It was a rainy night in 1777 when an exhausted messenger collapsed at the Ludington’s door. He conveyed the dark news that the British were attacking Danbury, a depot for Patriot military stores during the Revolutionary War. The city was burning, but Colonel Ludington’s minutemen were scattered across the countryside at their perspective farms with no way to call them to arms.
The messenger was exhausted; Ludington had to rally his men and strategize their impending defense. All who was left was the colonel’s 16-year-old daughter, Sybil Ludington. She knew the route, though it was long and treacherous. Still, she took a horse and roused the minutemen asleep in their beds through 20 miles of muddy and enemy-infested wilderness … and then she rode back. Four hundred troops marched to Danbury at daybreak because of her bravery.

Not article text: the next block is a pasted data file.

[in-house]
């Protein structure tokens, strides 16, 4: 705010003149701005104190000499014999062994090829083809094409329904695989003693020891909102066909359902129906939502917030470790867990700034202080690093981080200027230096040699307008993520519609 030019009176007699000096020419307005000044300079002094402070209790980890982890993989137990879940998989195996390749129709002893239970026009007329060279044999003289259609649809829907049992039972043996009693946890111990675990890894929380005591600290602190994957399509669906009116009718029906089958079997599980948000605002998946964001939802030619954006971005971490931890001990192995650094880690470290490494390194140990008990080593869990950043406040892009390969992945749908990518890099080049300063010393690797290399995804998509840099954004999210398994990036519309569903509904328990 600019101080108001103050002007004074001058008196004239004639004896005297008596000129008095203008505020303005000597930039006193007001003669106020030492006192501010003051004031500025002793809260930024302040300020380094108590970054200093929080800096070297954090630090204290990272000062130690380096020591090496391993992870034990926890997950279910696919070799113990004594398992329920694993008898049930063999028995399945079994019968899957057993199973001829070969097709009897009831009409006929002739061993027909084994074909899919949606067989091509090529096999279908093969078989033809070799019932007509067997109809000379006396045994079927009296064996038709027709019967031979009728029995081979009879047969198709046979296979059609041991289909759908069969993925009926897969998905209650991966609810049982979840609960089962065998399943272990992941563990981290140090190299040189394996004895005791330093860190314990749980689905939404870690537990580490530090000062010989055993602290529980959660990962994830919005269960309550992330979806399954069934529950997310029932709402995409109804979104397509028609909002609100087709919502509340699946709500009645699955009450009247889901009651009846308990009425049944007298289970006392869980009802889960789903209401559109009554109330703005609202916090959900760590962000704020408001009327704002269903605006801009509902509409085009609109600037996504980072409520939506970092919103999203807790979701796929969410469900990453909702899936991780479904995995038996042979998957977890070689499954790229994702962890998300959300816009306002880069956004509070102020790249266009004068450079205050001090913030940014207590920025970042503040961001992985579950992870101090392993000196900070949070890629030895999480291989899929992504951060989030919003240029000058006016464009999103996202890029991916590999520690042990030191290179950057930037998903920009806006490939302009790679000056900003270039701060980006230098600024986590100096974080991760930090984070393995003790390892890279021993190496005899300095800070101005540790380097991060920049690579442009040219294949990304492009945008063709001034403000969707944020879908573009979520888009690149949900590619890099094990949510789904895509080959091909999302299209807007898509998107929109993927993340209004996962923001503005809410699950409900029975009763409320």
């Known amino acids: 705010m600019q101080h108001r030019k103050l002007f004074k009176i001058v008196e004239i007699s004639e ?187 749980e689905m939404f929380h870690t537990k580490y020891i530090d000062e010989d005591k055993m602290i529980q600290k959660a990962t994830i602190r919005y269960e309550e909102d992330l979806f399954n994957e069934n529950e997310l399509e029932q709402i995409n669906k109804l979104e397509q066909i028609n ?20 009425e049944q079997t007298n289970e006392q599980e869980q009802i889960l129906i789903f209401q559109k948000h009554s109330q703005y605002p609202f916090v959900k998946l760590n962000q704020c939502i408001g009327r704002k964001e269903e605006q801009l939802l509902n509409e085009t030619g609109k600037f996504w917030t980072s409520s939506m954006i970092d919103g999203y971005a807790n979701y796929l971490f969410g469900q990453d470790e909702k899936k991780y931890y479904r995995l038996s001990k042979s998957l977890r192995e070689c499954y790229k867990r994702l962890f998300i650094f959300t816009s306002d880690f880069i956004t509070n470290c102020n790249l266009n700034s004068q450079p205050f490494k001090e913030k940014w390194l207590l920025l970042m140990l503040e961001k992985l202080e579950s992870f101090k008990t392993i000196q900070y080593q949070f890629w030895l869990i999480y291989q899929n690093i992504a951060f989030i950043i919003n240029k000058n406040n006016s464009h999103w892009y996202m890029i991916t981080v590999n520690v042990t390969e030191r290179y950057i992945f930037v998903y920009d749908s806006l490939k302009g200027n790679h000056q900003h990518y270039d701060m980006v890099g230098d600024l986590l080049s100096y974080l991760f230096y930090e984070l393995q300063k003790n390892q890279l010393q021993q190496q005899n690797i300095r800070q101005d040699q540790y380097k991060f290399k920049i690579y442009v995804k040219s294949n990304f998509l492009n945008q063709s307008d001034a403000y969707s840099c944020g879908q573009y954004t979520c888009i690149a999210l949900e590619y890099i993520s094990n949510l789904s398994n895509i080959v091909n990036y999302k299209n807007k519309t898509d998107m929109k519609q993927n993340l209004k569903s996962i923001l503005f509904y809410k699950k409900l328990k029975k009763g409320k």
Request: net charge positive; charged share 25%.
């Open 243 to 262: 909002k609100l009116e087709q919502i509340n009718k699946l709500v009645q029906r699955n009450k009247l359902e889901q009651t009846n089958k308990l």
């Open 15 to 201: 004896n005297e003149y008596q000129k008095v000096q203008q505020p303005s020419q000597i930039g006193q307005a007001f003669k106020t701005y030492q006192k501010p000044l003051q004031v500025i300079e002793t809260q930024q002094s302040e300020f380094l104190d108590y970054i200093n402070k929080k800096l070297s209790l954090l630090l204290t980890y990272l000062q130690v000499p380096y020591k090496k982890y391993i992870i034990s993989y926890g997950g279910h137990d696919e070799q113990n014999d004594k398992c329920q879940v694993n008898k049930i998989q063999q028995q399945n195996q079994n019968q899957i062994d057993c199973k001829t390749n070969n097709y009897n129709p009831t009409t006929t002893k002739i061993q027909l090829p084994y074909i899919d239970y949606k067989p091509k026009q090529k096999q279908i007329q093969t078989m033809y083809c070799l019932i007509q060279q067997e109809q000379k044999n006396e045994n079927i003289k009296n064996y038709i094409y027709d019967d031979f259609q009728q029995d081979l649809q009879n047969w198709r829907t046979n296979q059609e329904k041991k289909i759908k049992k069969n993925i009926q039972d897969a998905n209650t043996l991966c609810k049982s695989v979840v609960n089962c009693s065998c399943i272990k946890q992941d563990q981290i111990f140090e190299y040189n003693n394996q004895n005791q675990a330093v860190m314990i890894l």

Sybil’s life, character and legend is unfortunately too often forgotten completely. She is sometimes referred to as the female Paul Revere, but in reality, her journey was longer and more treacherous than that of Revere, yet far less celebrated. In light of her unrequited bravery, the NRA created the Sybil Ludington Women’s Freedom Award in 1995 to recognize women like her, who demonstrate extraordinary dedication to the Second Amendment.
Sybil Ludington bravely rallied her father’s rebel army in the dead of night riding horseback across 40 miles of dangerous territory in 1777. In present day, the NRA will commend one strong woman who bravely stands up for our freedoms. She will have a fierce dedication to the Second Amendment and a commitment to the values of the NRA. If you know someone the embodies these qualities, nominate her here.